WASHINGTON — The bipartisan group of senators working on a gun control bill say their framework includes an expansion of criminal background checks — but the policy would be more modest than past proposals.
After the Sandy Hook massacre in 2012, a bipartisan proposal by Sens. Joe Manchin (D-W.Va.) and Pat Toomey (R-Pa.) would have expanded background checks to cover gun sales through internet advertisements and at gun shows. As it stands now, only licensed gun dealers have to do background checks, and private sellers don’t.
But a comprehensive background check proposal like the one previously proposed by Manchin and Toomey is now off the table, according to the Democrat leading the current round of bipartisan gun negotiations.
“We’re not going to pass comprehensive background checks,” Sen. Chris Murphy (D-Conn.) said Sunday on CNN’s “State of the Union.”
Murphy expressed hope that a narrow deal on guns would open the door to broader reform by showing Republicans that their willingness to engage on the issue is politically popular.
The Manchin-Toomey bill failed by six votes needed for passage when the Senate considered it in 2013. Four Republican senators voted for it at the time. Toomey and Sen. Susan Collins (R-Maine) are the only Republicans who voted for the proposal who are still in the Senate.
Manchin has said he thinks the current gun talks, prompted by massacres in Buffalo, New York, and Uvalde, Texas, are more serious than last time. But the proposals under consideration seem to be much weaker, largely due to hardened Republican opposition to any gun reforms.
In fact, many GOP lawmakers argue that no new laws would prevent people from committing gun crimes. Republicans have said their main goals are to boost school security, address the “mental health” issues that contribute to mass shootings and encourage states to enact “red flag” laws allowing police to temporarily confiscate weapons from dangerous people.
The background check change Murphy described Sunday involved putting juvenile records into the FBI’s National Instant Criminal Background Checks system. The shooters in Uvalde and Buffalo were both 18-year-olds who legally purchased their assault rifles.
“Often, those juvenile records aren’t accessible when they walk into the gun store buying as an adult,” Murphy said. “So we’re having a conversation about that specific population, 18 to 21, and how to make sure that only the right people, law-abiding citizens, are getting their hands on weapons.”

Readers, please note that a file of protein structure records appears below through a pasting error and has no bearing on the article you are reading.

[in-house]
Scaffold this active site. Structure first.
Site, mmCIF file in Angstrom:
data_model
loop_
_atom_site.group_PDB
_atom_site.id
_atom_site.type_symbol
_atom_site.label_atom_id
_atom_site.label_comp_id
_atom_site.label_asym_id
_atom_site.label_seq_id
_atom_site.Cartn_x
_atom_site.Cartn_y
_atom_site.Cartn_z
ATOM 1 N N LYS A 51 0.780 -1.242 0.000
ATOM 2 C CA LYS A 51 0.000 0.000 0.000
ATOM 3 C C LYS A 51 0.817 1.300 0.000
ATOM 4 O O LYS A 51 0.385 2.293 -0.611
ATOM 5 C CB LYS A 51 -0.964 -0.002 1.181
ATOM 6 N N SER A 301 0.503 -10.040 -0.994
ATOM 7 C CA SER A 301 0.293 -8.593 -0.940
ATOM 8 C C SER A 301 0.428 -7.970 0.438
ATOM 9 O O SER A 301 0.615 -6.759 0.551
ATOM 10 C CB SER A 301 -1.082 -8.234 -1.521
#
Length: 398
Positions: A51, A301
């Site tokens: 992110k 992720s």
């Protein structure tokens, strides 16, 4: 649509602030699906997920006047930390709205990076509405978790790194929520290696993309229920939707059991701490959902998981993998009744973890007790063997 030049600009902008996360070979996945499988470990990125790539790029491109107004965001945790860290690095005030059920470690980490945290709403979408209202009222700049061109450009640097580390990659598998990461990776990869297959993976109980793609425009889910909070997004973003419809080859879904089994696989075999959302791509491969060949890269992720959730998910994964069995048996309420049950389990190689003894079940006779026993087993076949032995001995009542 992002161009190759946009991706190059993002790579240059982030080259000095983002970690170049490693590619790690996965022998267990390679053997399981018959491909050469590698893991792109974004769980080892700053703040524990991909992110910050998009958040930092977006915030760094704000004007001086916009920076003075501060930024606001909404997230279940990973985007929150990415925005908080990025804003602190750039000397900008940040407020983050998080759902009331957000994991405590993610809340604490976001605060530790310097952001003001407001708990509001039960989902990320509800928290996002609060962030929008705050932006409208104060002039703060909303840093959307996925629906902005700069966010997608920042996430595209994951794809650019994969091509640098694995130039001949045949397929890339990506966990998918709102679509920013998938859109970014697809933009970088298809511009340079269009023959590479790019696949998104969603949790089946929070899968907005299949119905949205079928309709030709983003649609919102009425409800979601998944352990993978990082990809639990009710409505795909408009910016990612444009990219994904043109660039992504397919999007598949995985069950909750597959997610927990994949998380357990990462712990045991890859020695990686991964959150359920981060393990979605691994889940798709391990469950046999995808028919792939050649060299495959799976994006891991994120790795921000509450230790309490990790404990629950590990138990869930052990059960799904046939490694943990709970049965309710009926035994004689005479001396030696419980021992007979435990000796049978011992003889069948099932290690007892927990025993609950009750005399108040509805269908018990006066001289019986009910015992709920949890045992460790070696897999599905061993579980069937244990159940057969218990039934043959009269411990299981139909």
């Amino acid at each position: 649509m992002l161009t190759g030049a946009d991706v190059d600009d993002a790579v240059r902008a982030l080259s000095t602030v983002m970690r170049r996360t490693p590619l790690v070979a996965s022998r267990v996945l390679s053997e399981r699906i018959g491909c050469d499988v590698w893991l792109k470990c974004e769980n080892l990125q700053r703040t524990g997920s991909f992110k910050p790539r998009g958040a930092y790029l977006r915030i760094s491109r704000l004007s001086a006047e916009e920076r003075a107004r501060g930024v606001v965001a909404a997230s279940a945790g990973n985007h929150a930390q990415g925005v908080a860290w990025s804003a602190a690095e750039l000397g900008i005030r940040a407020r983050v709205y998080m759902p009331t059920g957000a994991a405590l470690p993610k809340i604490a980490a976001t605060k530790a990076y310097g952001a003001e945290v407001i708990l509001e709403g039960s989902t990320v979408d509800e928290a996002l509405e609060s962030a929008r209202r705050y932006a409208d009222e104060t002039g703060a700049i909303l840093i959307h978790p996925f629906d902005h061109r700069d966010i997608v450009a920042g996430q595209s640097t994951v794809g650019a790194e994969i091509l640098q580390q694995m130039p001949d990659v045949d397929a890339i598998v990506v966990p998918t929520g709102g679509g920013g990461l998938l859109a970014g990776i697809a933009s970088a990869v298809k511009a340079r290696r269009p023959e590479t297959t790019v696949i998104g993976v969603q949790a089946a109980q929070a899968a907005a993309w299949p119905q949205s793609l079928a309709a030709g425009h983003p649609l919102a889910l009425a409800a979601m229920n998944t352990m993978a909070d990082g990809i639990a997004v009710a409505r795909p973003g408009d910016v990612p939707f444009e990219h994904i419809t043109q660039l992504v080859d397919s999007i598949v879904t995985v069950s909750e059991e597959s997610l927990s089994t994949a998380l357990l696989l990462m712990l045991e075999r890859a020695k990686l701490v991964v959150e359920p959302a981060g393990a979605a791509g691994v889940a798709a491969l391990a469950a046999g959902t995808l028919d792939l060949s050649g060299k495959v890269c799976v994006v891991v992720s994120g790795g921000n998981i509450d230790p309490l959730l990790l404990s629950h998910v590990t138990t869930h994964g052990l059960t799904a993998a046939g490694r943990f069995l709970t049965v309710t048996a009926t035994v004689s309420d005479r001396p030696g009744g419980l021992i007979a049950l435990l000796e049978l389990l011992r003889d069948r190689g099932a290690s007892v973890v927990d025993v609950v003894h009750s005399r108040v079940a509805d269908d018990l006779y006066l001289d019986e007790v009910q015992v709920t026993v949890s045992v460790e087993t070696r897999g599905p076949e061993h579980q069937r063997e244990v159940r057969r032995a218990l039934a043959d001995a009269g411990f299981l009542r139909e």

Congress recently raised the minimum age for purchasing tobacco products from 18 to 21 but a similar change for buying firearms seems likely to be omitted from a Senate deal. Senate Majority Leader Chuck Schumer (D-N.Y.) extended an informal deadline for the talks to the end of this week.
The House of Representatives approved a bill last month that would require a background check for almost any gun sale by requiring sellers to first transfer firearms to licensed dealers before completing a transaction. Such “universal” background checks aren’t even part of the conversation in the Senate, which is the chamber that will ultimately decide whether a bill gets passed and what it looks like.
Expanding background checks is one of the most popular policy options in front of Congress. In an Ipsos survey last month, 84% of voters, including 82% of Republicans, said they supported expanded background checks. It’s not hard to see why, since background checks are just a way of ensuring that gun sellers follow the law.
Federal law disallows firearm sales to certain people, including those who have been convicted of felonies and people who are subject to court orders related to domestic abuse. But if a prohibited person is buying the gun from an acquaintance, or a stranger on the internet, or a hobbyist at a gun show, then the seller doesn’t have to check their background.
Toomey described specifics over the background check proposal that’s being discussed as a “moving target.”
“We are still trying to figure out exactly what mechanism is going to enable us to get the votes that we would need. So I can’t be precise about that … It hasn’t been finally resolved,” he said Sunday on CBS’s “Face the Nation.” “But something in the space of expanding background checks I think is certainly — is on the table and I hope will be part of a final package.”